Tuesday, June 30, 2009

#71 John Milner

Who was this player?
John Milner, reserve outfielder & first baseman, Pittsburgh Pirates
The left-handed hitting Milner was a key member of the 1979 World Champion Fam-A-Lee Pirates. He platooned with Bill Robinson in left field and often spelled captain Willie Stargell. A similar role was in the cards for 1980, but a injury to Stargell made Milner a regular at first. He slumped badly in '80, dropping 30 points in batting average and his HR/RBI totals were nearly cut in half. Not surprisingly, the Pirates did not earn a return engagement to the postseason.

Taking the nickname "Hammer" after his boyhood hero, Henry Aaron, the Atlanta-born Milner was a draft choice of the New York Mets in 1968. He rose quickly through the Mets farm system, earning a September callup with the Mets in 1971. He was the Mets primary left fielder in 1972 and finished third in the Rookie of the Year voting.

1973 was perhaps Milner's finest season. Now moved to first base, his 23 home runs led the team as the 'Ya Gotta Believe' Mets won the National League pennant. Unfortunately, the Mets lost the Series in seven games, to the Oakland A's. Milner had 20 HR in 1974 and developed was seen as a budding star. However, recurring hamstring problems prevented Milner from achieving that status. Milner was a productive hitter for the Mets throughout the mid-1970s, alternating between first base and left field. After the 1977 season, he was involved in a blockbuster, 10-player, four-team trade. When the dust cleared, Milner was a member of the Pittsburgh Pirates. While serving as a valuable utility player, it was during Milner's time in Pittsburgh that he became a cocaine user. Already a heavy smoker, Milner's substance abuse likely had a hand in shortening his career.

He was traded to Montreal in August of 1981 to bolster the Expos bench as they made a postseason push. He appeared in both the NLDS and NLCS that season in a pinch hitting role. Over his career, Milner thrived in pressure situations, hitting 10 grand slams throughout his career. He began 1982 with the Expos, but was released when he got off to a slow start. He returned to the Pirates to finish the 1982 season and his 12-year major league career.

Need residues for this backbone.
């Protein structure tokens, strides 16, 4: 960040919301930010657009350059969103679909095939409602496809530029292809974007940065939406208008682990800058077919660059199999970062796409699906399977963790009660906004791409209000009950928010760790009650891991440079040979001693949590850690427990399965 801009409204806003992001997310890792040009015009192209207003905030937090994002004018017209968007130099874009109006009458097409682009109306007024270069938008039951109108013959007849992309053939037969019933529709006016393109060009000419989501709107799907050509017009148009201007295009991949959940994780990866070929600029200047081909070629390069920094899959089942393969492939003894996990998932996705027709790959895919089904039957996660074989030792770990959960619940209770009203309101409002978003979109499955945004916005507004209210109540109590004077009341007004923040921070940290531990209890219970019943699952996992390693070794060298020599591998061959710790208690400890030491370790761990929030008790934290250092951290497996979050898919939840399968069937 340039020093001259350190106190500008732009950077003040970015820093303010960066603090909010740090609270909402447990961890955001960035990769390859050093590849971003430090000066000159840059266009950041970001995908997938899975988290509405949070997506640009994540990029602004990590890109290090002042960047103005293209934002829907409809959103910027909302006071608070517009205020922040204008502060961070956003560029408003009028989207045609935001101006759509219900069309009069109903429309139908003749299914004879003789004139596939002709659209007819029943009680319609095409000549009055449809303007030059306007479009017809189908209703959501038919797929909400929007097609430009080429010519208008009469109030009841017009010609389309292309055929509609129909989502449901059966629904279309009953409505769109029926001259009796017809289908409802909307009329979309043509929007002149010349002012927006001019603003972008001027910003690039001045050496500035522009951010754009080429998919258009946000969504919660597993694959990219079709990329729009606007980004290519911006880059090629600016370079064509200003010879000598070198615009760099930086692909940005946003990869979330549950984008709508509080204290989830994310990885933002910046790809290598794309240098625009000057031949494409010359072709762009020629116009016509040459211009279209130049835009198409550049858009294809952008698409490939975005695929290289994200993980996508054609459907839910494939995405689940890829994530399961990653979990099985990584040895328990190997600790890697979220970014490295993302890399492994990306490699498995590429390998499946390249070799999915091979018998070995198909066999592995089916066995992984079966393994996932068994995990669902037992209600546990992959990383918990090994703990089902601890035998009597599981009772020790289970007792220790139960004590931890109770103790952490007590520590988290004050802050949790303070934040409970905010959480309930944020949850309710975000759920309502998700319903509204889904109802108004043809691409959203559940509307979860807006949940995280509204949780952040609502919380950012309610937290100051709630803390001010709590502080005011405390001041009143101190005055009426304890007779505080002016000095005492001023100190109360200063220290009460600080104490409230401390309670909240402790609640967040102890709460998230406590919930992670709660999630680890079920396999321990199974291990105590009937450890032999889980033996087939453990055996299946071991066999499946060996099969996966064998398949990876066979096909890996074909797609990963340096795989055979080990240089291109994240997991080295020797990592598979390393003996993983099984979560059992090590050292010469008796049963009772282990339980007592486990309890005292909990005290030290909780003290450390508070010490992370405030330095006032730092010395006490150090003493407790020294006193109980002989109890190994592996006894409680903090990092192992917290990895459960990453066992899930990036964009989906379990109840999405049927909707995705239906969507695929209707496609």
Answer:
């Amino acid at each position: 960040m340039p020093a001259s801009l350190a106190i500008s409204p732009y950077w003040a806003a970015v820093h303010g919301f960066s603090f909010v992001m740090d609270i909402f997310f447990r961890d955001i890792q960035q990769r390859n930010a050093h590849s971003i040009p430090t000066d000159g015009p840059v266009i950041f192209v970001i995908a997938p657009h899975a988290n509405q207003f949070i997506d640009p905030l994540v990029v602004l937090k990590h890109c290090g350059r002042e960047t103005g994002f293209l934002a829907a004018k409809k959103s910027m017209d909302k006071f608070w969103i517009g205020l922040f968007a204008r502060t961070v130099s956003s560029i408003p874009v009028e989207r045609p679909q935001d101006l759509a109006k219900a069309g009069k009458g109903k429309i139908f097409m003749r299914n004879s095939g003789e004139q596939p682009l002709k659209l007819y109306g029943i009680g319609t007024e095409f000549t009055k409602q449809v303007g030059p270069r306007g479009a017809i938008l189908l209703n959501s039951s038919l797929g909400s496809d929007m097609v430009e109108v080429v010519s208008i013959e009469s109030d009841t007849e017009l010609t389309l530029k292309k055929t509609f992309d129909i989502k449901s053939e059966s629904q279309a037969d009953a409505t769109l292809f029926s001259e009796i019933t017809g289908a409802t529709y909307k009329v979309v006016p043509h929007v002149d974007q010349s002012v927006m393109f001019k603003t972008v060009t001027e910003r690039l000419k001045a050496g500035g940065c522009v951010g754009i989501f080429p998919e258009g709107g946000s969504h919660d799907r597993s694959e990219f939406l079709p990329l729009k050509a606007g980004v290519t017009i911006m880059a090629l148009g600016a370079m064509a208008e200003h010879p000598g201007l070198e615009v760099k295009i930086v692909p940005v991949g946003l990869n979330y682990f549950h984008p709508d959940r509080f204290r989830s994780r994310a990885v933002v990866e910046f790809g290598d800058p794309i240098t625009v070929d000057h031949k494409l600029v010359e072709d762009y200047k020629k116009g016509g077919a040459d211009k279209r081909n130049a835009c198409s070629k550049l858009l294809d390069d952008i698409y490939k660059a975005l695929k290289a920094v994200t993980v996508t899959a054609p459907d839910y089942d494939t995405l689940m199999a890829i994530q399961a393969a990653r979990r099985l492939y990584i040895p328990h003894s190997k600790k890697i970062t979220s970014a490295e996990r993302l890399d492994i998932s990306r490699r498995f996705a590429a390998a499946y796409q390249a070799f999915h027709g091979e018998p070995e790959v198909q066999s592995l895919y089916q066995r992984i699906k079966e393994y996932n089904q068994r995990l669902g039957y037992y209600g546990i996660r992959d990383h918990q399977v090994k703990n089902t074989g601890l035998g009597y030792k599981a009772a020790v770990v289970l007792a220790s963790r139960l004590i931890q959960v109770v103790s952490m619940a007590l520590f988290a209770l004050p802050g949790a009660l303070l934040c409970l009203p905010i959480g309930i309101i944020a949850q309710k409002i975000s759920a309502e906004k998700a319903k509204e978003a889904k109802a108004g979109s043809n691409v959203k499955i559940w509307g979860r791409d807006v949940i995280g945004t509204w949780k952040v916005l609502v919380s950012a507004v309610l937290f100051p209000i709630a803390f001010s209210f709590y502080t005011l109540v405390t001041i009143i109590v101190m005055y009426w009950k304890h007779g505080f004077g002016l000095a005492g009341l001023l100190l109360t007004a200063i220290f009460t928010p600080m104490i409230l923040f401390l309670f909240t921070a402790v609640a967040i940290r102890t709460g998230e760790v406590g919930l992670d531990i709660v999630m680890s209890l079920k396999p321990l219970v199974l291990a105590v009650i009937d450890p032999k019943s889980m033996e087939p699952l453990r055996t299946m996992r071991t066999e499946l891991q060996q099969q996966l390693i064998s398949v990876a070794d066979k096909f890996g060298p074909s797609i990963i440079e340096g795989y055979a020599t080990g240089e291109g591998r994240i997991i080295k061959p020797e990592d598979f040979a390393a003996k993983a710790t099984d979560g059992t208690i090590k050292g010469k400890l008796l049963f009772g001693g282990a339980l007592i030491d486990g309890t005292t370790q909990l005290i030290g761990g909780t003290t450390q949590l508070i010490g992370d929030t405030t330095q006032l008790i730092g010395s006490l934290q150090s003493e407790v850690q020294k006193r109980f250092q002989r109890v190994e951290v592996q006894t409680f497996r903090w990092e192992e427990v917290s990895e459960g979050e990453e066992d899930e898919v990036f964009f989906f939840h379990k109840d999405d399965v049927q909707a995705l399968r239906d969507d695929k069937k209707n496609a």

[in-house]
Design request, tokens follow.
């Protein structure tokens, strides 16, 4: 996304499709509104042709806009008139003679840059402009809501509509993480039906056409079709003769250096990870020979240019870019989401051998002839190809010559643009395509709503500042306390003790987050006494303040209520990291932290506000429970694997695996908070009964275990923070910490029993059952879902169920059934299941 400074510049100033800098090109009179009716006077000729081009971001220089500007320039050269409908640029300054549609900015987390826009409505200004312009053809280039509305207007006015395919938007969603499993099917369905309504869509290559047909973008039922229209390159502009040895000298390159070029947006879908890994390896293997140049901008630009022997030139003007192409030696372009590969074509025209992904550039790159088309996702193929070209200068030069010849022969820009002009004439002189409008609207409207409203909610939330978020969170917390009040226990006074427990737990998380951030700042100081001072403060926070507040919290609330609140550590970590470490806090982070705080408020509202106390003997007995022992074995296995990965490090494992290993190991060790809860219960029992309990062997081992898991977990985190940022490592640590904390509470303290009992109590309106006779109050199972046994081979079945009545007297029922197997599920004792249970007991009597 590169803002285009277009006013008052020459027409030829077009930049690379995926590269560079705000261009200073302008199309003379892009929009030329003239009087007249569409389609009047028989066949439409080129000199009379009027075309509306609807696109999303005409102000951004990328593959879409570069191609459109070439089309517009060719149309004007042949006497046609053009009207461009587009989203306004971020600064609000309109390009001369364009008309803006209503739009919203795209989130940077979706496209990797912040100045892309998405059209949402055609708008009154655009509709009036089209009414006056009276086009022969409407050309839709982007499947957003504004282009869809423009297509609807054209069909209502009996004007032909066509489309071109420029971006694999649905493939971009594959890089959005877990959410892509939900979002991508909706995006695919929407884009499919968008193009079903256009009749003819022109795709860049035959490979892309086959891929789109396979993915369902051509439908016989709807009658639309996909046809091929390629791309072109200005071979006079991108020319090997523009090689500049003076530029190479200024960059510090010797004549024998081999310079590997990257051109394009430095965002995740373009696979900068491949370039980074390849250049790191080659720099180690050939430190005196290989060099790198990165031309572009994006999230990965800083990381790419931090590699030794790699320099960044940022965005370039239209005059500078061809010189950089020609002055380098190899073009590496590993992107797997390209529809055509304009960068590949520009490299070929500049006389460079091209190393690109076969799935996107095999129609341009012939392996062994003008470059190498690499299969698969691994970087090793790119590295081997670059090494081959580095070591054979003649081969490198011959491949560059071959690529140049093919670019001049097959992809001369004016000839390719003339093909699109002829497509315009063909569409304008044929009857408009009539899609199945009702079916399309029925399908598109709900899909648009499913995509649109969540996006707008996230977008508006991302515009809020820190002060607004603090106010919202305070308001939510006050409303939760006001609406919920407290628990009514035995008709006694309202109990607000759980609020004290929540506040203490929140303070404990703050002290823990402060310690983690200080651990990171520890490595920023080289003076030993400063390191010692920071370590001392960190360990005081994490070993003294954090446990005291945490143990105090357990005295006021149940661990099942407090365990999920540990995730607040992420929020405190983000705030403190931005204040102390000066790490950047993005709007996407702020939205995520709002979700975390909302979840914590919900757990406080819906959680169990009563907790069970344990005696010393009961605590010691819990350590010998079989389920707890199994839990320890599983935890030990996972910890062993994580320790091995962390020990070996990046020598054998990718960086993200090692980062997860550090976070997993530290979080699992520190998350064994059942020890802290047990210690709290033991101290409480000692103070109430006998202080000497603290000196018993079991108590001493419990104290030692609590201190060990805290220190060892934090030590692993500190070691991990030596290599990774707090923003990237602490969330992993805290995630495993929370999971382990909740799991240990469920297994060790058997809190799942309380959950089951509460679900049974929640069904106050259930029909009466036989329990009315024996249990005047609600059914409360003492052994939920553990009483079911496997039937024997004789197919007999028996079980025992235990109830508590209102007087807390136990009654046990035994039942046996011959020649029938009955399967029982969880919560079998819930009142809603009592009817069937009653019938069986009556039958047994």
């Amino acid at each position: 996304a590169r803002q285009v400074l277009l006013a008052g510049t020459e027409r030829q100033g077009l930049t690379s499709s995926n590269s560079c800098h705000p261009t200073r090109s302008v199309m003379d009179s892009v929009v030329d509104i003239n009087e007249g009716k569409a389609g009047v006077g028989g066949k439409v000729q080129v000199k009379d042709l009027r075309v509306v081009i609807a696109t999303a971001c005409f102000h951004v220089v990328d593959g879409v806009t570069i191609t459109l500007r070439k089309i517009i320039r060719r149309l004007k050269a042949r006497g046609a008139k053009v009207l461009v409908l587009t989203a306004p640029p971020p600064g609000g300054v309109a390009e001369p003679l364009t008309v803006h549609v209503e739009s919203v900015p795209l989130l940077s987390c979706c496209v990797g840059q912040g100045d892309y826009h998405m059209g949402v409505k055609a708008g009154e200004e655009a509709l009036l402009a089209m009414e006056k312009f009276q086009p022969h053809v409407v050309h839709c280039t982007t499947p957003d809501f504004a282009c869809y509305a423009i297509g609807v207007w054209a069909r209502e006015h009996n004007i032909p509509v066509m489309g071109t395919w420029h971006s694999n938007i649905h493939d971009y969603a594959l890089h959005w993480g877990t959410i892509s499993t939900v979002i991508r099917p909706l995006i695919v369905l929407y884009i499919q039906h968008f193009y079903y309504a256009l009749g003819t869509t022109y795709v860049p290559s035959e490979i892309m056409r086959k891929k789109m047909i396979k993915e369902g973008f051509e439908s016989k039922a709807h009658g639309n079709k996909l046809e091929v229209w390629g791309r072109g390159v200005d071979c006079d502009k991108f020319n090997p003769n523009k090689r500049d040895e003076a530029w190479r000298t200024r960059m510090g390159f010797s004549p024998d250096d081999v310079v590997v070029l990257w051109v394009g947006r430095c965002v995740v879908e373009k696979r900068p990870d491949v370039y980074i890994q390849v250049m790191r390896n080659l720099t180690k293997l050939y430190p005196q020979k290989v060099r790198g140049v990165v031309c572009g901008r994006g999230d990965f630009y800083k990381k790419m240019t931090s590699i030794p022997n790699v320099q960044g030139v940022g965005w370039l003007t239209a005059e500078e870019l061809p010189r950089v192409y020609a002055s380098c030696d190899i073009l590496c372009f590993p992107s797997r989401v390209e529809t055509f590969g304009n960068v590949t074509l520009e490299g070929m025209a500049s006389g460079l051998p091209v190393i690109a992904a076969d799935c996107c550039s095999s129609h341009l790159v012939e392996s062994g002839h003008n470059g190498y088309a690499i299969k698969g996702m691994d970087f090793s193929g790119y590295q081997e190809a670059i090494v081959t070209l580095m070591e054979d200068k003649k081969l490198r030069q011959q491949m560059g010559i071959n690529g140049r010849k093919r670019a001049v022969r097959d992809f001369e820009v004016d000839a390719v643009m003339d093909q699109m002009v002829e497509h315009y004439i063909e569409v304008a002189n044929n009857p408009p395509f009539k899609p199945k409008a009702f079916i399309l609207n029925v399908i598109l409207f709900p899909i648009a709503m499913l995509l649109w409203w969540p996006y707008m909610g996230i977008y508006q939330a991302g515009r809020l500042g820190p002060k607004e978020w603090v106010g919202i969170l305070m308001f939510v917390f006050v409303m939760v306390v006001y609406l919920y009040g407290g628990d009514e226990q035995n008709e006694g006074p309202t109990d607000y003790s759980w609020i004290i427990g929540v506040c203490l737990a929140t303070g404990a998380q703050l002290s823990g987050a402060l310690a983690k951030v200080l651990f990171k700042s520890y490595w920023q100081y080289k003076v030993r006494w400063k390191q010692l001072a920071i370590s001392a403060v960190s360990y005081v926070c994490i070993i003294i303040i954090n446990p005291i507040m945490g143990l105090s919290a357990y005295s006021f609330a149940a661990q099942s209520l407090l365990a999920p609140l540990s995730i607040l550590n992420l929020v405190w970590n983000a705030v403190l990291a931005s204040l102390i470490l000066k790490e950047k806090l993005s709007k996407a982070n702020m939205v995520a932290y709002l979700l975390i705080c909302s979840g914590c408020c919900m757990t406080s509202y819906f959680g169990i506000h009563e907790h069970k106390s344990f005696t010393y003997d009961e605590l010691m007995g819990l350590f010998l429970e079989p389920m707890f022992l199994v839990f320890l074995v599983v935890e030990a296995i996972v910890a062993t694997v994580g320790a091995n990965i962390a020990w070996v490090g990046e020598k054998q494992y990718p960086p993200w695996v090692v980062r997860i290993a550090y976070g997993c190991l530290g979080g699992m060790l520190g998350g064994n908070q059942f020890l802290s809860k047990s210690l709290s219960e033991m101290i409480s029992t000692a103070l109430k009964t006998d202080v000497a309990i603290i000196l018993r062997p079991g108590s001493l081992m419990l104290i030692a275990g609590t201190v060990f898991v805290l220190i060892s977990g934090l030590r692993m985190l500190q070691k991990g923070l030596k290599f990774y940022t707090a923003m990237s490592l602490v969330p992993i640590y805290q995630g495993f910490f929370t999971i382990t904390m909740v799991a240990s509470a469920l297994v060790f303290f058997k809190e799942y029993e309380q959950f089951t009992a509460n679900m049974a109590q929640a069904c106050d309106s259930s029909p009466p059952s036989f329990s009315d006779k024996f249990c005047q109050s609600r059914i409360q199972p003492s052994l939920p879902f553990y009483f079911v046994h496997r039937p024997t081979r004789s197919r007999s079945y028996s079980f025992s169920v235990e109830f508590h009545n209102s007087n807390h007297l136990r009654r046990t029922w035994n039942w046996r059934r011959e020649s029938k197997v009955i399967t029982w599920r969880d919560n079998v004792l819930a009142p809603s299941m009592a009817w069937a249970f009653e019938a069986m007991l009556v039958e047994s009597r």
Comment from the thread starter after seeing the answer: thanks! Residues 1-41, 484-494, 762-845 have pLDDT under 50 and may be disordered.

Milner made headlines in 1985 as part of the Pittsburgh Drug Trials when he named Hall of Famers Willie Mays and Willie Stargell in his testimony. Milner acknowledged his cocaine use, stating that he bought cocaine in a bathroom stall at Three Rivers Stadium before a game in 1980. He also stated that Stargell and Bill Madlock routinely distributed amphetamines. Milner developed lung cancer and died of the disease one week after his 50th birthday in 2000.

Why I love this card
Because it reminds me of how naive I was at the moment I got this card. Looking at it now, I feel sorry for John Milner, how he died so young, how his play was effected by drugs. At the time, he was simply a Pirate - my favorite NL team. He had the gold uniform, the Stargell stars, the vicious swing. He was a ballplayer. I had no concept that he (like all of these players) was a human being too.

Something else....
It took 70 cards, but Milner is the first player to be featured that is no longer with us. Accordingly, I have added a label so going forward they will be grouped together. It is also a double printed card as well.


  1. I was well aware of the Pittsburgh drug trials when I was growing up, but for some reason I missed John Milner being a part of it.

  2. I remember the "red juice" thing. It never really got anywhere.

    The "deceased" label is a good idea. I think I'll add it to my 1976 entries to see how many of those guys are no longer around.

  3. I just finished writing my 1976 post for Bill Robinson and found out he is deceased. I didn't know that before. Both members of that great '79 LF platoon are now gone.